M7 Tells Kiir To Accept Regional Force Take Over South Sudan
Ugandan President, Yoweri Museveni, has advised his South Sudanese counterpart, President Salva Kiir, to not reject deployment of additional regional third party force in Juba, but to instead focus on negotiating the level of their mandate as they deploy in the country.
Museveni said failure to comply with the African Union’s endorsed deployment of the troops to Juba will complicate the matter and result to further tougher measures which can be taken against the country and its leadership, cautioning President Kiir not to fall into “traps of western countries.”
This came in a meeting on Saturday in Kampala between President Kiir and President Museveni.
President Museveni, according to a presidential source who accompanied President Kiir to Kampala, said he made the remarks during their discussions on regional peace and security, particularly the proposed deployment of additional foreign troops in South Sudan.
This week, President Kiir vowed to not allow even a “single foreign soldier” to deploy in South Sudan in his reaction to the AU’s resolution to deploy a third party force to separate rival forces loyal to President Kiir and those loyal to his first deputy, Riek Machar. The government also organized demonstrations in Juba and in some states to reject the deployment of additional foreign forces with senior officials vowing to fight them should they deploy.
The force would also provide protection to the South Sudanese leadership, essential government infrastructures including the Juba airport as well as citizens at risk of violence in the capital.
There were no details of the issues the two leaders have discussed and resolved, as there was no official statement issued by the office of South Sudan president before and after the return from Uganda.
However, the high level presidential source told Sudan Tribune on Sunday that president Kiir travelled to Uganda to seek advice with president Museveni, who remains the only ally in the region.
President Museveni’s influence in the region, he said, has however been overshadowed by an unanimous regional consensus to dispatch additional foreign troops to shore up the fighting and protection capacity of the United Nations Mission in South Sudan (UNMISS) in the country.
Sudan, Ethiopia, Kenya and Rwanda are some among the countries in the region backing up the decision of the Intergovernmental Authority on Development (IGAD) member countries and African Union (AU), asking countries in the region to contribute and dispatch additional troops with a stronger mandate to protect civilians at risk or exposed to an extreme violence and to act as buffer for rival armed groups in the country.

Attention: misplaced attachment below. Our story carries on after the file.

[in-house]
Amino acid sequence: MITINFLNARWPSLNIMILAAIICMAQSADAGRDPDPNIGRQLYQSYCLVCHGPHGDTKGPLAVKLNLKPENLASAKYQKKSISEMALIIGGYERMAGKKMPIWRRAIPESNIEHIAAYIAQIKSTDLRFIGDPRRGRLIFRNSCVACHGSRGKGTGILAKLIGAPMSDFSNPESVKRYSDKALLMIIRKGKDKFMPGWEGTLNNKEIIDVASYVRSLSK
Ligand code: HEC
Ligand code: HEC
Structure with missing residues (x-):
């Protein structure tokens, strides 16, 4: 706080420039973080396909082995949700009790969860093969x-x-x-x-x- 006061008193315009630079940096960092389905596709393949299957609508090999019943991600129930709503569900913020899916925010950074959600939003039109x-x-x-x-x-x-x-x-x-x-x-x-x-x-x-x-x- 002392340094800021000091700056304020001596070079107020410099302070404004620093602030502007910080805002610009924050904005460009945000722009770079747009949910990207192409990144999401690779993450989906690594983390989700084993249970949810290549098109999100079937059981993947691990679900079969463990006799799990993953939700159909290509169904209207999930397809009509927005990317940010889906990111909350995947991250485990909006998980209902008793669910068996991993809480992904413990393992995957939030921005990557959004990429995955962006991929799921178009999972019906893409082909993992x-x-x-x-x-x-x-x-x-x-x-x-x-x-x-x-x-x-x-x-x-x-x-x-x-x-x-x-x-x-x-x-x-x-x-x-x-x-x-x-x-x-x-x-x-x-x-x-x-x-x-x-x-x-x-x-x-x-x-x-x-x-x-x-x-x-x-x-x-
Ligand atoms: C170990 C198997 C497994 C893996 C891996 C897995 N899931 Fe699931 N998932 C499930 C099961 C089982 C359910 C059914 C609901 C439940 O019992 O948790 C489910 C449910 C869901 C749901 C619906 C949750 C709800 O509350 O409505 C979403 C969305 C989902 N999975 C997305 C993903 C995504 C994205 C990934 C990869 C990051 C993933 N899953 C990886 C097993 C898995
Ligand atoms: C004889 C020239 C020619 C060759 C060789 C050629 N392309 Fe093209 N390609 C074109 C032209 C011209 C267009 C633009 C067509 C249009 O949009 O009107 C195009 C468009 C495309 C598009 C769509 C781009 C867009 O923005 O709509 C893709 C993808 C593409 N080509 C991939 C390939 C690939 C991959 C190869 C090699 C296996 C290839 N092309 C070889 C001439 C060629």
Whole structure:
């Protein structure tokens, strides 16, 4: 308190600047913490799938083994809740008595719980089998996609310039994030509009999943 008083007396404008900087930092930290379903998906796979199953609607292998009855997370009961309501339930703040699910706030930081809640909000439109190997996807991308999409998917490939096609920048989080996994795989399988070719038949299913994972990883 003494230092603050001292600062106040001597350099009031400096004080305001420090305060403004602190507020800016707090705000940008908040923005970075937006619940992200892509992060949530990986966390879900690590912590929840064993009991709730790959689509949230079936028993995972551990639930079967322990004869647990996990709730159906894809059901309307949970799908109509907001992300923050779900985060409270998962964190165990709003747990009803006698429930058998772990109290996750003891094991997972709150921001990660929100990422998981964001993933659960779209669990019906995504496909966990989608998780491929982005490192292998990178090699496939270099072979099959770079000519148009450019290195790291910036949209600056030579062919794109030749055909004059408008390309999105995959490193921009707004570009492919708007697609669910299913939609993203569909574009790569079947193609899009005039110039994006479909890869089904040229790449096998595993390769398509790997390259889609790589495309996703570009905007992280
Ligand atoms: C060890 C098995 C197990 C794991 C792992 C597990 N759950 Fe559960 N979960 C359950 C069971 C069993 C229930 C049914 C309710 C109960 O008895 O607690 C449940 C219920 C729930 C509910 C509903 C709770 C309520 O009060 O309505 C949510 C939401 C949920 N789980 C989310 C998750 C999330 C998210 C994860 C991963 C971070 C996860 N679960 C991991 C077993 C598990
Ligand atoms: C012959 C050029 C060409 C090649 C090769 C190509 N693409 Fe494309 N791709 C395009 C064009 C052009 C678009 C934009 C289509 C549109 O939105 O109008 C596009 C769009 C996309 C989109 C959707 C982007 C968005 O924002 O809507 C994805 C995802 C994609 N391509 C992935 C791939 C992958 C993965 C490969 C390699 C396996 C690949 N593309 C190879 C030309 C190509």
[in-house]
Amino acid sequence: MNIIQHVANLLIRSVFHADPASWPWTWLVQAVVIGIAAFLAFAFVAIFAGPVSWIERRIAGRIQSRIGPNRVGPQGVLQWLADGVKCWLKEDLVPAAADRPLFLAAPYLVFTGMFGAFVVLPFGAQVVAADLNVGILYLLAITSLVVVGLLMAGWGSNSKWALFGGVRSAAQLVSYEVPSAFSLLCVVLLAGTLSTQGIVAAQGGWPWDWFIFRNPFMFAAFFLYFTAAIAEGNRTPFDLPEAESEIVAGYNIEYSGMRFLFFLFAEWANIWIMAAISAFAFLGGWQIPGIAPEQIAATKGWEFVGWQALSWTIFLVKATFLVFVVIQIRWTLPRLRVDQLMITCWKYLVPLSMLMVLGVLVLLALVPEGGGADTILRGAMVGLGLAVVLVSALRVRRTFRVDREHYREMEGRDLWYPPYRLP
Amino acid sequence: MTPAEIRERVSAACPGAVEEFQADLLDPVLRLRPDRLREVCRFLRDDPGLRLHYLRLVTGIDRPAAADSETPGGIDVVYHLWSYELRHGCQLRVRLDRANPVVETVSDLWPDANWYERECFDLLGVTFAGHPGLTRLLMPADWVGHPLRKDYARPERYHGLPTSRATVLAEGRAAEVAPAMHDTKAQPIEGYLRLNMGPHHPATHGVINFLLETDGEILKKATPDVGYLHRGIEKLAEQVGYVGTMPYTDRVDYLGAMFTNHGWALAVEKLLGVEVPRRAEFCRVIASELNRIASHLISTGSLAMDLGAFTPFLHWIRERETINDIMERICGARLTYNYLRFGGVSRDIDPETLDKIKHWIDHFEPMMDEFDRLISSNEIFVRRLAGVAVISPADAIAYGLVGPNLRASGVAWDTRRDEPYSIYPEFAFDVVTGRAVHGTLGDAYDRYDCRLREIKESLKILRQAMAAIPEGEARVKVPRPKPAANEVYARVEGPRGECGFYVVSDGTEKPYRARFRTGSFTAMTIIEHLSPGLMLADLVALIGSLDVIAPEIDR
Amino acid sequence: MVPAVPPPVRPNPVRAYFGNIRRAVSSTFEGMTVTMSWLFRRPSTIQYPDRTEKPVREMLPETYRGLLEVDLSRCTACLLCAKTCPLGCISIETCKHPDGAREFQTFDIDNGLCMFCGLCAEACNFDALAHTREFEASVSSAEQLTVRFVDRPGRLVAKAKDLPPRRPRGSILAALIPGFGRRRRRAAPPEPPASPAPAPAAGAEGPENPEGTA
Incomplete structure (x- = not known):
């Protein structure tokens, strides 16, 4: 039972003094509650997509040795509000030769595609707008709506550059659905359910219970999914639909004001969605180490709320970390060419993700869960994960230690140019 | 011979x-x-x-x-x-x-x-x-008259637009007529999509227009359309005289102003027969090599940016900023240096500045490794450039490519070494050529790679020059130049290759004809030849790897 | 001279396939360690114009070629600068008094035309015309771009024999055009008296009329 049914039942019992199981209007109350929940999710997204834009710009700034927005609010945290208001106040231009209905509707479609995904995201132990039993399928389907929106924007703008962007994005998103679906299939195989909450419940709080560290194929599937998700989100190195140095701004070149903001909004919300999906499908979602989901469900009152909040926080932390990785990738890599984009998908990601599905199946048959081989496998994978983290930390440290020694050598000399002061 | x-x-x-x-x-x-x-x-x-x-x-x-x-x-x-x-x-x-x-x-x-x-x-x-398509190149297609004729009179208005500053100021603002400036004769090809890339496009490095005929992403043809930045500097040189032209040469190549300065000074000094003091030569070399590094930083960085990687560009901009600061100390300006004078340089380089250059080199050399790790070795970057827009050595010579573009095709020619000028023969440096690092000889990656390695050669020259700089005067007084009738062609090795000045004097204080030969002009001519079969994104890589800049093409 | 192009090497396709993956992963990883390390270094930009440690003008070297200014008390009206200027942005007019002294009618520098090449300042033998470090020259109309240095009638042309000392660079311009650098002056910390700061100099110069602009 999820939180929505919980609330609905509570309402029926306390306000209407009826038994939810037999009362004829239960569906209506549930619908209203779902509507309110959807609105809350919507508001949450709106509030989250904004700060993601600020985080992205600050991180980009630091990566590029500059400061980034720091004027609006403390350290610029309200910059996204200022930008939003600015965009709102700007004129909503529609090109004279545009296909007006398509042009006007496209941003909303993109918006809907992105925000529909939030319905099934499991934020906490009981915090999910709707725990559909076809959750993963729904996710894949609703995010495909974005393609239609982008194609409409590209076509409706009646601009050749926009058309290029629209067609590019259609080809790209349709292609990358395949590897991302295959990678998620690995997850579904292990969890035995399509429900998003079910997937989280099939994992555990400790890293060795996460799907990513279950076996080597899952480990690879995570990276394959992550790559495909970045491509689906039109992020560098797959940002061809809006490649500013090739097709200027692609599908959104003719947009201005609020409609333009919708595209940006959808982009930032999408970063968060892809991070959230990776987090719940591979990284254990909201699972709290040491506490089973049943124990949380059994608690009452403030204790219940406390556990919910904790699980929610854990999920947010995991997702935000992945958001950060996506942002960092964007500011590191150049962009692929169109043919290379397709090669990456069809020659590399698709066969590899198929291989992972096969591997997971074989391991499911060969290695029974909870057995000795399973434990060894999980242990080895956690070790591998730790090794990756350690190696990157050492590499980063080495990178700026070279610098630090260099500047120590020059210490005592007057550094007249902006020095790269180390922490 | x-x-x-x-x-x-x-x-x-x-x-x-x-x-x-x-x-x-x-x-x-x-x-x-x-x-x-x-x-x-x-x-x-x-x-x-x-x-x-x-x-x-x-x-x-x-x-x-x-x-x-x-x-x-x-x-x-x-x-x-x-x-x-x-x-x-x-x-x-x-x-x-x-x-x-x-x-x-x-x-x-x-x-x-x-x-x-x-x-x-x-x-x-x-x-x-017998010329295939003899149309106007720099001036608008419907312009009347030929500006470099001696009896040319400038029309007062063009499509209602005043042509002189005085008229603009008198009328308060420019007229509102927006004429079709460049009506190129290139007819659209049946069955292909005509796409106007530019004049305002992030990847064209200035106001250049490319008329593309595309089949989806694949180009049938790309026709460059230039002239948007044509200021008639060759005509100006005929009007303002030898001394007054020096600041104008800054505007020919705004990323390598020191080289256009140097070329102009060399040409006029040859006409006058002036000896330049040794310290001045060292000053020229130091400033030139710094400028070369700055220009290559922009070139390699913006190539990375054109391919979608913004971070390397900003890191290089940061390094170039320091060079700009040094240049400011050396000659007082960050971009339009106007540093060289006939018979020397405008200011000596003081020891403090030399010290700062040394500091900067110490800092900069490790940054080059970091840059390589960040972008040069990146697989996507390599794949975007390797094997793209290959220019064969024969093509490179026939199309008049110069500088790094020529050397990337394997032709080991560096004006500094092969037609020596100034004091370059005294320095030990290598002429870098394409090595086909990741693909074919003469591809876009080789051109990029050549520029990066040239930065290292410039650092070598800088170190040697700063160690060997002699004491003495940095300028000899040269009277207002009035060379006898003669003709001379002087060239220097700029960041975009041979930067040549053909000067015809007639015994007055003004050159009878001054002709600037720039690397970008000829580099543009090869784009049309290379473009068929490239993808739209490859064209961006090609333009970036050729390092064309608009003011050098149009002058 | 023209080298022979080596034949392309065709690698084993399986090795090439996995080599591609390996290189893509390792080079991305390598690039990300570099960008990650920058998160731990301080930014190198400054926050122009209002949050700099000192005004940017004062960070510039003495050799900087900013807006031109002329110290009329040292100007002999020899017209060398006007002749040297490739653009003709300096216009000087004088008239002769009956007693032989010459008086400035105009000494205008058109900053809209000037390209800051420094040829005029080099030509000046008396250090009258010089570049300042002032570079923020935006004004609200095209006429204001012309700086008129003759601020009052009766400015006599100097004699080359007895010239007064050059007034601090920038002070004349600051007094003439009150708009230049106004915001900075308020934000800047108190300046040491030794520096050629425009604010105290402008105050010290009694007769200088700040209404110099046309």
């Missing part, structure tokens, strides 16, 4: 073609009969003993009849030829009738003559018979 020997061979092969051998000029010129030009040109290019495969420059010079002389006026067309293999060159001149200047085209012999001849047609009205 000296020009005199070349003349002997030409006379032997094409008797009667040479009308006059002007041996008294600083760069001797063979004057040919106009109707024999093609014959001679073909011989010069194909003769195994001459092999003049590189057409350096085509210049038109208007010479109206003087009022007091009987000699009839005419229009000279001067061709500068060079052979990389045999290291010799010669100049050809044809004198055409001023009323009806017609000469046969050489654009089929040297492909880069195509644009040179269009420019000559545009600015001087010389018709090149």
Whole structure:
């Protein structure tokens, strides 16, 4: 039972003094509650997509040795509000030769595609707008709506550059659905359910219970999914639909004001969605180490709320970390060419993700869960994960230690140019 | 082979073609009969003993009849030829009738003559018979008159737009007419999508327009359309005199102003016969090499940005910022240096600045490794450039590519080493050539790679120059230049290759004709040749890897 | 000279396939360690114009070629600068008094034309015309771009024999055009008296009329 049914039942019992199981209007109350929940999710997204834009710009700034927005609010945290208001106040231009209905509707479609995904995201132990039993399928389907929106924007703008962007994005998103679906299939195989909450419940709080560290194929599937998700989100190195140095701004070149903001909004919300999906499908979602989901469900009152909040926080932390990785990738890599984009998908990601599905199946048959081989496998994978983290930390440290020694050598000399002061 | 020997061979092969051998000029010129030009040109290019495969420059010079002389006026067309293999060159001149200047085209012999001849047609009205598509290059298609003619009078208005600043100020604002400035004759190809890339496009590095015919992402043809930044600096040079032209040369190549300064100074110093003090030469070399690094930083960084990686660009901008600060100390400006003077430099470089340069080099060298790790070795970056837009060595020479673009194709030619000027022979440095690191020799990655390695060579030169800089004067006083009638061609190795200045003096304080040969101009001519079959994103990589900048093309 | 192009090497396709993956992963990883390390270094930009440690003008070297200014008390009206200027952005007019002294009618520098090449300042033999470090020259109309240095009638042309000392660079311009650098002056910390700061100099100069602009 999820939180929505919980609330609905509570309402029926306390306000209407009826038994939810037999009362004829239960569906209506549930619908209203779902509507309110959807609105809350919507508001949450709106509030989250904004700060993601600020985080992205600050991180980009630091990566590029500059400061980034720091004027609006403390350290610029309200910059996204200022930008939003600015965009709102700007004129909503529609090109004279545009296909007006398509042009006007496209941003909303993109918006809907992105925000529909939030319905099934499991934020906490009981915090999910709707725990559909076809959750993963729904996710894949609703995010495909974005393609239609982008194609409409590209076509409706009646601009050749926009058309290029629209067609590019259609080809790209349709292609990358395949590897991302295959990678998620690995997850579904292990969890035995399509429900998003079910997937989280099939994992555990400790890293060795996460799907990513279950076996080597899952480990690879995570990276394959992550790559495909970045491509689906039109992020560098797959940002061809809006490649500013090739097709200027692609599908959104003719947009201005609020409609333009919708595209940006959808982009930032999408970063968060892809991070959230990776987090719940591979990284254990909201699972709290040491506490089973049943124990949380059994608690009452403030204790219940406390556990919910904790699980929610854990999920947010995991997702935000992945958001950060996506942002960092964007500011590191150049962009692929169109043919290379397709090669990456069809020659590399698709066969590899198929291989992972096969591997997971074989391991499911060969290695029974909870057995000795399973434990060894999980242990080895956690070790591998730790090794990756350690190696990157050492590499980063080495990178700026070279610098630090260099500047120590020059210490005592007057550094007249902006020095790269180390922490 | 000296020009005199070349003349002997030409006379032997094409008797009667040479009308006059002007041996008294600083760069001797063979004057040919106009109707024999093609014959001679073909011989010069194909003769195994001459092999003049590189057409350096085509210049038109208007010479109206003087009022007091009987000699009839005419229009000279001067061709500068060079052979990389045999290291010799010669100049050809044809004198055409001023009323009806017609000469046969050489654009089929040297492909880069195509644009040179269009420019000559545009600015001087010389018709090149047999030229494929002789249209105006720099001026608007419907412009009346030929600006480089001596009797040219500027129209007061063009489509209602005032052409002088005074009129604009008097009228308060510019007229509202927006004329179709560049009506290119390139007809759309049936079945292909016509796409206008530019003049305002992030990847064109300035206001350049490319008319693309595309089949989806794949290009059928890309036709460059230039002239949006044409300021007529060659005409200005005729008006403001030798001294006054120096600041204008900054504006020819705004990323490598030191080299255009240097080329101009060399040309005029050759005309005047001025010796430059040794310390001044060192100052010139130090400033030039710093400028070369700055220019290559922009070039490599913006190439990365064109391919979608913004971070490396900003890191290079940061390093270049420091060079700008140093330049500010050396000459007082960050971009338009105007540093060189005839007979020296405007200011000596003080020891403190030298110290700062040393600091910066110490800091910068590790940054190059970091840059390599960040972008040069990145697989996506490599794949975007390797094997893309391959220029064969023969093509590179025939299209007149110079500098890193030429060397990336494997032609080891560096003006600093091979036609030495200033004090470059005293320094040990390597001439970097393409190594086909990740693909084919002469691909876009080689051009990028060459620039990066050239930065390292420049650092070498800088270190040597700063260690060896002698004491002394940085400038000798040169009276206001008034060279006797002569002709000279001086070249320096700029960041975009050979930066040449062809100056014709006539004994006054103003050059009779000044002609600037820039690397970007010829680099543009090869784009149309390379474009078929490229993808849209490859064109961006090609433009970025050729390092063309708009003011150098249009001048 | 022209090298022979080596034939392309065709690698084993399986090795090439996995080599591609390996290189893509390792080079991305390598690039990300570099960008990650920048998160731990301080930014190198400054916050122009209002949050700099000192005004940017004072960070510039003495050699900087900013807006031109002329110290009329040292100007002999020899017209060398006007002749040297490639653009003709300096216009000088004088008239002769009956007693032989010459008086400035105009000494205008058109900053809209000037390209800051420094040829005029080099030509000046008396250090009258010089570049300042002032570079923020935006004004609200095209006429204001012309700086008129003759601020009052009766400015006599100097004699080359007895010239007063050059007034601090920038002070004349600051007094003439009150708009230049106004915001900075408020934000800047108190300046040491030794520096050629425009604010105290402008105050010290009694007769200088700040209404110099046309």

“President Kiir went to Uganda at the invitation of president Museveni over regional matters. He advised him not to accept provocations and fall into the traps of western countries. The western governments are desperately looking for an excuse to go to the country and that the president should be extra careful,” he quoted the advice President Museveni had given to President Kiir.
“He advised him to negotiate the mandate of the regional force instead of an outright rejection. So president Kiir was basically going to seek audience with president Museveni and to share ideas on the regional intervention force and how this situation could be handled,” he told Sudan Tribune.
Meanwhile, president Museveni in his Facebook page released after the meeting with president Kiir on Saturday confirmed holding talks on regional matters but did not divulge into the details of the discussions.
“I have today held talks with my South Sudan counterpart, His Excellency Salva Kiir, at State House, Entebbe. We focused on regional issues but importantly how to ensure peace and stability returns to South Sudan,” said president Museveni, according to a post on his Facebook page.
The African Union has endorsed the deployment of the forces, saying the troops deployment will take place whether President Kiir liked it or not.
Opposition party led by Riek Machar also supported the deployment of the forces, saying their leader, Machar, will immediately return to Juba from his hiding place once the troops are on the ground to ensure his safety.
Machar fled the capital on 11 July after four days of clashes between his small number of troops and forces loyal to President Salva Kiir. His officials said he is still around Juba and will return any time soon.